“So, I too think sovereignty matters, and such mattering also engenders other ethnographic forms; in this case, one of refusal.”
Audra Simpson, Mohawk Interruptus (2014)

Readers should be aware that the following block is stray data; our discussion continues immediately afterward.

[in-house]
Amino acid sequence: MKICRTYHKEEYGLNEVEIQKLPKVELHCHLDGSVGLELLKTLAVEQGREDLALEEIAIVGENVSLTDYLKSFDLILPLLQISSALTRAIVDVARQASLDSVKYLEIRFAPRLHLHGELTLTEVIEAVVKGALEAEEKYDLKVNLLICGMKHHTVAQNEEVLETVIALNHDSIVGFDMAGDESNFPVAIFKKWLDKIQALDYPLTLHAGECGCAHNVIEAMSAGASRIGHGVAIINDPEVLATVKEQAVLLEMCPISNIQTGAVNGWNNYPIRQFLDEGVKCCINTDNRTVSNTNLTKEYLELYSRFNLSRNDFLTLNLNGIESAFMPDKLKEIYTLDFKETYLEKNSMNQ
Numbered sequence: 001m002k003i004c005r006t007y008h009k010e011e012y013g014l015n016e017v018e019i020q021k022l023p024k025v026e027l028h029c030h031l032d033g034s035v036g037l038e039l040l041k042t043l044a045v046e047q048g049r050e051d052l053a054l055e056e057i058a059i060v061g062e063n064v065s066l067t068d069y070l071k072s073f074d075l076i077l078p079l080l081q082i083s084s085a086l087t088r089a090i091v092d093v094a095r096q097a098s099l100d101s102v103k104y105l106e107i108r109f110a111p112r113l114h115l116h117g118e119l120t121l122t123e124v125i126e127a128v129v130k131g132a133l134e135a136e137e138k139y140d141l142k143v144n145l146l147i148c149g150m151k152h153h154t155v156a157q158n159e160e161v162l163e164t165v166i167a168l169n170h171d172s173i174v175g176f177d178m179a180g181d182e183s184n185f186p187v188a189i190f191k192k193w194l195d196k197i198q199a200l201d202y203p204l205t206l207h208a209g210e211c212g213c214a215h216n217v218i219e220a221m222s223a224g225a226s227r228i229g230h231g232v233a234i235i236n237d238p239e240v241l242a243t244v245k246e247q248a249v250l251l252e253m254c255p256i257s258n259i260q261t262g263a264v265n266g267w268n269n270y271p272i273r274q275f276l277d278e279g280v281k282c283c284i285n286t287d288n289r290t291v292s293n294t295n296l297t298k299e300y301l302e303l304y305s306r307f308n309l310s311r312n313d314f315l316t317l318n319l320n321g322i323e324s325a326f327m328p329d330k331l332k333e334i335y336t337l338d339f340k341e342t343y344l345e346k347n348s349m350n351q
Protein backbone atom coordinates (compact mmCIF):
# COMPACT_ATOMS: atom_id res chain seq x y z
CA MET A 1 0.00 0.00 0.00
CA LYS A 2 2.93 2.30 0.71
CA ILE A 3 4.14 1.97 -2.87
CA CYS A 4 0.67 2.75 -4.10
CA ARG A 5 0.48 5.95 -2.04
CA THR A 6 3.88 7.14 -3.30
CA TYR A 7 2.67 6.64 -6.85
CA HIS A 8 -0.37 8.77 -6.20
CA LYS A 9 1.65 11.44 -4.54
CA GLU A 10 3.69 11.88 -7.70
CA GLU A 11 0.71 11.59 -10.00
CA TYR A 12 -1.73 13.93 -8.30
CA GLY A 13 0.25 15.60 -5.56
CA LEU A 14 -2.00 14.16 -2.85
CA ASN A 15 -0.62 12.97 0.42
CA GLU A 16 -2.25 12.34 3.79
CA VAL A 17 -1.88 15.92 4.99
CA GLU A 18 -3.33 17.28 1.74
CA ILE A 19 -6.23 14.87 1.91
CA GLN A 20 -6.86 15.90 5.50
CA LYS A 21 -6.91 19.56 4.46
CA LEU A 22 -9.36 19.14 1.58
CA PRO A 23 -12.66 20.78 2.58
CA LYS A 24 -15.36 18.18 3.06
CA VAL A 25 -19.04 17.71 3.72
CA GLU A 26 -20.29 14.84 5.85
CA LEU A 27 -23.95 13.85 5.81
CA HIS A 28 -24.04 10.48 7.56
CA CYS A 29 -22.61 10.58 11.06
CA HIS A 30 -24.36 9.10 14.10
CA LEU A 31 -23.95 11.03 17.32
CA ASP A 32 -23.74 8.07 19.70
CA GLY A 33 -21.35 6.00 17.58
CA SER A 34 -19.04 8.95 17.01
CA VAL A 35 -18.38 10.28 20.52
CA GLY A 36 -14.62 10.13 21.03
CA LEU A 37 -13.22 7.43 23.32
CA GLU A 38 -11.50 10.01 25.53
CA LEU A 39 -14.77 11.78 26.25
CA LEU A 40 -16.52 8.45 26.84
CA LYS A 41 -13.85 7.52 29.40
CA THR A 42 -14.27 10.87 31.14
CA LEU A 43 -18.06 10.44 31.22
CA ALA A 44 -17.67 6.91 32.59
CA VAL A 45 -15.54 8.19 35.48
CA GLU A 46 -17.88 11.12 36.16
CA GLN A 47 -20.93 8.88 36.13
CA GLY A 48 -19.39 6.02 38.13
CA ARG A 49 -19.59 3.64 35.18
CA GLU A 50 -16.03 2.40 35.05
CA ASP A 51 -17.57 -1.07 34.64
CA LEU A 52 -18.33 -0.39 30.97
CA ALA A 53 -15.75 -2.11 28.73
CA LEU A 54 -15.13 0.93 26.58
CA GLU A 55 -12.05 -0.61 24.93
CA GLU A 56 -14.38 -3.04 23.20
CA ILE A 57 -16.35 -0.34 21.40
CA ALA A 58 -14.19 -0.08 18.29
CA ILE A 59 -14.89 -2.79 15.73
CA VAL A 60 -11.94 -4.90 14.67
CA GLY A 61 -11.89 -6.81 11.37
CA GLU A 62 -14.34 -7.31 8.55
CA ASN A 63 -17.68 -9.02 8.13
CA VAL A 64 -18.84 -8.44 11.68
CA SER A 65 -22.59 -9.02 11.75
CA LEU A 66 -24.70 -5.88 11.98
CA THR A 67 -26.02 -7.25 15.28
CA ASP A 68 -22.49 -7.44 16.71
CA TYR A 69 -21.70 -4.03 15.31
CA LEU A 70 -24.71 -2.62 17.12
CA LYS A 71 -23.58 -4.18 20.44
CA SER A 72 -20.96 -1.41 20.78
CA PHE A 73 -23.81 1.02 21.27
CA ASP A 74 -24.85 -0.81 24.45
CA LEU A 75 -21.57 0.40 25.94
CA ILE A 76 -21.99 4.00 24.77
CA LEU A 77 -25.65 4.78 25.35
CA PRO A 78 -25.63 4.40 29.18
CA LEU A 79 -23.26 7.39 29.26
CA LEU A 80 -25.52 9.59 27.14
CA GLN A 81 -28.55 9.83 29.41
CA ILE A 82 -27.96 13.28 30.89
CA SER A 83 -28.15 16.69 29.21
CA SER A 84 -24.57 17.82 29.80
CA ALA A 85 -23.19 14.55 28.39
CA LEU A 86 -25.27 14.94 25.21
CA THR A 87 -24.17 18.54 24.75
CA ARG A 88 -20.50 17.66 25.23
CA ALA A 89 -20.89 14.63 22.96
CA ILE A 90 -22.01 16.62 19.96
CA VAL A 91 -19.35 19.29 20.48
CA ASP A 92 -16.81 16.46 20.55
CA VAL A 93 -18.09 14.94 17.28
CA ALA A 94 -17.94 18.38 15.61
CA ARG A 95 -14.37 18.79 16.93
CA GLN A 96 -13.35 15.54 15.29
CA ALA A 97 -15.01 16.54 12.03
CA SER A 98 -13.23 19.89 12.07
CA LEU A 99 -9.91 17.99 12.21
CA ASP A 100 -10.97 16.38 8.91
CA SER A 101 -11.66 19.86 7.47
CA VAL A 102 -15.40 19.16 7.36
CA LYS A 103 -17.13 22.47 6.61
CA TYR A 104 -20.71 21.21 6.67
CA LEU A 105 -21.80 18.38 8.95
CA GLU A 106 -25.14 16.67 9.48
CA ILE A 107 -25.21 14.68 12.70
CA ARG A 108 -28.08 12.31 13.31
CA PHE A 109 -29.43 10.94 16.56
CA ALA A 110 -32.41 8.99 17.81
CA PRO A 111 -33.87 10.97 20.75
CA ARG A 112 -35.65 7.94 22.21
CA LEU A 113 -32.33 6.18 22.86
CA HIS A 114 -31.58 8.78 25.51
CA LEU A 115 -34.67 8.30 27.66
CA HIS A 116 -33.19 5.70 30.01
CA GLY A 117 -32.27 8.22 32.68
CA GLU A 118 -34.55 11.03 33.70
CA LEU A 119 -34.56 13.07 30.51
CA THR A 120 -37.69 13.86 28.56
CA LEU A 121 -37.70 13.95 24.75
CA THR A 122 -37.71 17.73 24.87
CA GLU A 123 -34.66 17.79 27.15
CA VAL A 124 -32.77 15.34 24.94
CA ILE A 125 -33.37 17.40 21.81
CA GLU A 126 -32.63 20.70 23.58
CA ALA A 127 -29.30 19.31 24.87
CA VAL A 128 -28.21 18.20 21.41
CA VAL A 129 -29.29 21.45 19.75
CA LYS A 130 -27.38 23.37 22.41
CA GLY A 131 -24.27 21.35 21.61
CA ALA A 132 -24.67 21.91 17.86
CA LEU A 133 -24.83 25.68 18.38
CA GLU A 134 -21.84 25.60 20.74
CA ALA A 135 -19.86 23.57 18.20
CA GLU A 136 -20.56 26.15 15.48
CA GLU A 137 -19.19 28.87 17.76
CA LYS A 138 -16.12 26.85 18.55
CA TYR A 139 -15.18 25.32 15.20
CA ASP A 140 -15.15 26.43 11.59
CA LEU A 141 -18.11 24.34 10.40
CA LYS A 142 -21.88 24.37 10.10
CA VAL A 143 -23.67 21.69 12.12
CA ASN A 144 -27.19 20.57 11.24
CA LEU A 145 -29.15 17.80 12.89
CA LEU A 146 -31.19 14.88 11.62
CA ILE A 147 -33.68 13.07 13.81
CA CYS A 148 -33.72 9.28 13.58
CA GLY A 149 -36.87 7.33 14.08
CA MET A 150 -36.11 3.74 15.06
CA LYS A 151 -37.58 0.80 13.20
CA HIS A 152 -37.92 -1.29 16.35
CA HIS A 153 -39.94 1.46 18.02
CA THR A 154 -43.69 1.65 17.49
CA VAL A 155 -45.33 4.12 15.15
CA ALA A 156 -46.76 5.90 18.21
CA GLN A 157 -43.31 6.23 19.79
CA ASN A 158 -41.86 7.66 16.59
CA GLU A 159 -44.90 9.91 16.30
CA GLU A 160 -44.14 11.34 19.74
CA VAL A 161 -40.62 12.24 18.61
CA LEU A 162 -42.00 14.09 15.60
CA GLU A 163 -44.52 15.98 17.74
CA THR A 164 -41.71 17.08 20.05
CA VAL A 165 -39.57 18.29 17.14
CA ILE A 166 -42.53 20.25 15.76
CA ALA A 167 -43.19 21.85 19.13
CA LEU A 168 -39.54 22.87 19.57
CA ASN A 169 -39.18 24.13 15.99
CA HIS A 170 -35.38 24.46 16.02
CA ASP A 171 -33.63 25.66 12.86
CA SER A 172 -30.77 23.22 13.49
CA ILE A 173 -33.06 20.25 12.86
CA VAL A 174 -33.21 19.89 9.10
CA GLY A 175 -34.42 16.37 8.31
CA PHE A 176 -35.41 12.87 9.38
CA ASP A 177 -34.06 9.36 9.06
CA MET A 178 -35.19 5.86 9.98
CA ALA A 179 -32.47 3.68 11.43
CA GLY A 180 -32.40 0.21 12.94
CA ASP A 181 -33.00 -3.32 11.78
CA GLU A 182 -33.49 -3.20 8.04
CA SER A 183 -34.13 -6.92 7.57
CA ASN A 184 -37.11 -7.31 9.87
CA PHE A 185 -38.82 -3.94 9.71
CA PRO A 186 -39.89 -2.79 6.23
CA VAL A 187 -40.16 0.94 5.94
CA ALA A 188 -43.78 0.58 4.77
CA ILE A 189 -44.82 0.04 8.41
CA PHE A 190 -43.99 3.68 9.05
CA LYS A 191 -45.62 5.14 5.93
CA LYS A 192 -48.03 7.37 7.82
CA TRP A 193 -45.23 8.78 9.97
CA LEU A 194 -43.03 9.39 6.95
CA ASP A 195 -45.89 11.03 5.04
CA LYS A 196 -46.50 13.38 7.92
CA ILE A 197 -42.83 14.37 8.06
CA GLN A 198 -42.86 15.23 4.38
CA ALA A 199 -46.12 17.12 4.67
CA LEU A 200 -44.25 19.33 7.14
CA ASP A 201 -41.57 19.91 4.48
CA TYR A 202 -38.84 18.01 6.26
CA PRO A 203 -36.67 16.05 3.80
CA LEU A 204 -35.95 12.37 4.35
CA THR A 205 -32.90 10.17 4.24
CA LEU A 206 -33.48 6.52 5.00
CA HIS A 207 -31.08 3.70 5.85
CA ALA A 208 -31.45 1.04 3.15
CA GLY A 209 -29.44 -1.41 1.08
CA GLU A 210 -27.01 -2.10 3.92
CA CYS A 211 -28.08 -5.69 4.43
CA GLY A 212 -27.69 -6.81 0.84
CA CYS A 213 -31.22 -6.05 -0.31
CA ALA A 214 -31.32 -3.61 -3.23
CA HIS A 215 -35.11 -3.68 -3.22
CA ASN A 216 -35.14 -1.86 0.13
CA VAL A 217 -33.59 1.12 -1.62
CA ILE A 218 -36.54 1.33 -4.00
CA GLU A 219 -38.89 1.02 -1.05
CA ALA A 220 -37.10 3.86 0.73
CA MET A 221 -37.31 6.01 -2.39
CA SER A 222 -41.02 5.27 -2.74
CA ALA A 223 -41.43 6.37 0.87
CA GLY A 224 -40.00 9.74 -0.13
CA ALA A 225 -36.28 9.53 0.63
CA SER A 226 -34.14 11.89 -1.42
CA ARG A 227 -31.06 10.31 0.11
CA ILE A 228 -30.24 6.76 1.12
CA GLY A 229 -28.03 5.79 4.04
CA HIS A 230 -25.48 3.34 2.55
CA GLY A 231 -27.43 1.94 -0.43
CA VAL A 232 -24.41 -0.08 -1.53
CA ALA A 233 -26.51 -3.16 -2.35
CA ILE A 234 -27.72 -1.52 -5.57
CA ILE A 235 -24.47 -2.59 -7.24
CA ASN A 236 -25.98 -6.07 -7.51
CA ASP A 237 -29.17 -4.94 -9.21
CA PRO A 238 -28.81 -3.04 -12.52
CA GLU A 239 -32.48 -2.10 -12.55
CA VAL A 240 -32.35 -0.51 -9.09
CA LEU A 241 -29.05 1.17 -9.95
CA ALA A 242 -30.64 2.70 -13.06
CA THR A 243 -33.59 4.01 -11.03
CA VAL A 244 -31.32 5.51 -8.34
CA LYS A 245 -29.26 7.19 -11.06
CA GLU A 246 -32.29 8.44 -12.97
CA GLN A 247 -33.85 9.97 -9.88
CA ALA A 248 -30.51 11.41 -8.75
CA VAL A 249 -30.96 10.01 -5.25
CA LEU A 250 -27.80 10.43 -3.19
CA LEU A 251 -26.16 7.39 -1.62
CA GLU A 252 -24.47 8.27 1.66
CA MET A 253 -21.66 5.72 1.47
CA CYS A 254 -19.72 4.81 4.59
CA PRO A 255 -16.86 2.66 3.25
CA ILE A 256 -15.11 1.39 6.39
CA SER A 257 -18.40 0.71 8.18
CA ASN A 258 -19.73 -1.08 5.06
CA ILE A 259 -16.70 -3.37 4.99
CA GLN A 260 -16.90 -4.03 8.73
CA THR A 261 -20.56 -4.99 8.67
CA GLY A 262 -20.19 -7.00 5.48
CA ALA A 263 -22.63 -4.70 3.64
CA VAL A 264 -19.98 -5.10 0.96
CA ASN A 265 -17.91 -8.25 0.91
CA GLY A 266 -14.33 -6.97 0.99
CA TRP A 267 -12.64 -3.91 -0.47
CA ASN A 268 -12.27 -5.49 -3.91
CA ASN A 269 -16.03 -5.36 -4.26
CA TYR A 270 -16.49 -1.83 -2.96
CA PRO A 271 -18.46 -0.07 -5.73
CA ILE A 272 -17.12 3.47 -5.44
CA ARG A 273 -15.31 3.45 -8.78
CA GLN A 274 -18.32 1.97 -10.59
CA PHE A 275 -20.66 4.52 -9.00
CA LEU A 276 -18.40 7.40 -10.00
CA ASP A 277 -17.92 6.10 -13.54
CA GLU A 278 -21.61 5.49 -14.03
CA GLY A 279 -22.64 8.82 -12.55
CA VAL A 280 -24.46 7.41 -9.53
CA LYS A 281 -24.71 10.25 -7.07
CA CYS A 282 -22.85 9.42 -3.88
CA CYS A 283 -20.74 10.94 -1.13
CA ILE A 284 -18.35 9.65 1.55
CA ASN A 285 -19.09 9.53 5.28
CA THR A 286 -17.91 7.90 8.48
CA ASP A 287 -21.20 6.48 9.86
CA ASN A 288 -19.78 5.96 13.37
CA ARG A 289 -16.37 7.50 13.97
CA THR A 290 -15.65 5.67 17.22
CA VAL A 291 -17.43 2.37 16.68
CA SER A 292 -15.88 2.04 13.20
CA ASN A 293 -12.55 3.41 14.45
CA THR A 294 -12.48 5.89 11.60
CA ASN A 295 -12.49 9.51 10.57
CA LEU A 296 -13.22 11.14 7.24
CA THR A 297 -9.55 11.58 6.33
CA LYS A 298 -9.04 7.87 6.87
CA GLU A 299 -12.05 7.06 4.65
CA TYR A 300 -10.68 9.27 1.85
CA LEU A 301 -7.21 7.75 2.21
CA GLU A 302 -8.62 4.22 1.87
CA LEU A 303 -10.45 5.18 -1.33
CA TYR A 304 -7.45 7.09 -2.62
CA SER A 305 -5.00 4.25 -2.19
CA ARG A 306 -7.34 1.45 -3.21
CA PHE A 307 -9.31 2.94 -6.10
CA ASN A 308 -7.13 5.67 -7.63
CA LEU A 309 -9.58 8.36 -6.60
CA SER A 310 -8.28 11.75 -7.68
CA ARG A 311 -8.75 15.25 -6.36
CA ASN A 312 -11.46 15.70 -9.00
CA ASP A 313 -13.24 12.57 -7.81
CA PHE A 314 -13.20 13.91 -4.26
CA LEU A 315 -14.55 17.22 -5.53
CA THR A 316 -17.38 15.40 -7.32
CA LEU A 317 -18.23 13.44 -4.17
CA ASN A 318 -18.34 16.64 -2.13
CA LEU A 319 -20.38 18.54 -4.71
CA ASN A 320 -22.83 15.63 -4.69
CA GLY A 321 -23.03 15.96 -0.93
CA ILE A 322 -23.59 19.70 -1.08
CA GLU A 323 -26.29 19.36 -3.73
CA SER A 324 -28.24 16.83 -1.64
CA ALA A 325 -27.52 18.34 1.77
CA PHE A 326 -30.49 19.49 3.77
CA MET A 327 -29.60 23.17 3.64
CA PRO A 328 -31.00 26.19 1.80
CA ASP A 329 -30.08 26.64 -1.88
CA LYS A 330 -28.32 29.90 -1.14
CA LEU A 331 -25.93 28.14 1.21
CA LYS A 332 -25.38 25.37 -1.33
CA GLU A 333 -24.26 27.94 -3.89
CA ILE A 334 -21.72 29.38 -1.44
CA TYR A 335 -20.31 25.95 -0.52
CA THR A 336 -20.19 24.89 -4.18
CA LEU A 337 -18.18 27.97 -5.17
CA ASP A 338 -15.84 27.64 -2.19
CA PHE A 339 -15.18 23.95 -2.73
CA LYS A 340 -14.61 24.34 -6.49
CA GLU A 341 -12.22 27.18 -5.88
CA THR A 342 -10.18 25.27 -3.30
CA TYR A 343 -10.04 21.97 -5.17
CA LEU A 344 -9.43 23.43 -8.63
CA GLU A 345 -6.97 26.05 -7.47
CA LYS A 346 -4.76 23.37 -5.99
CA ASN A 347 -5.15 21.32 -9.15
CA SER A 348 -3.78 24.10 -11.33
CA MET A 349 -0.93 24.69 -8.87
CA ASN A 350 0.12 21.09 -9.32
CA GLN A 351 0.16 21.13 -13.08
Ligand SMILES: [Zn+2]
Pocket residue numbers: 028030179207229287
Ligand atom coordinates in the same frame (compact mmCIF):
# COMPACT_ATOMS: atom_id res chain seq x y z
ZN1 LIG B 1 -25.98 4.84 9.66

Theresa “Isa” Arriola began her presentation with an expression of joy at having the unique opportunity of sharing her work beyond the frontiers of the academic space into the artistic venue centre daphne. As an Indigenous artist-run centre whose mission is to encourage a culture of peace and respectful exchange, the space embodies much of the values that animate Isa’s research. Her decision to sit in the audience made us gather organically around her, creating a more relaxed and amicable atmosphere. “Beyond the “Crossfire”: Refusing the Making of a Military Bombing Range in the Mariana Islands” – featured in the warm-up segment of In the Middle, a Chimera – unfolds from her lived experience growing up on the island of Saipan in the Northern Mariana Islands, a territory profoundly marked by the pervasive colonialism and imperialism in the Pacific Ocean. Isa invited us to immerse ourselves in the reality of the naturalization of the militarization of the islands through the materiality of military imagery. Surrounded by two screens displaying bluish and fluorescent images, we were spurred to dialogically engage with Isa’s work. By giving these images new and evocative meanings, Isa gestures towards alternative futures for Indigenous peoples that privilege Indigenous sovereignty. At the heart of her ethnographic and creative practice there is the generative act of refusal.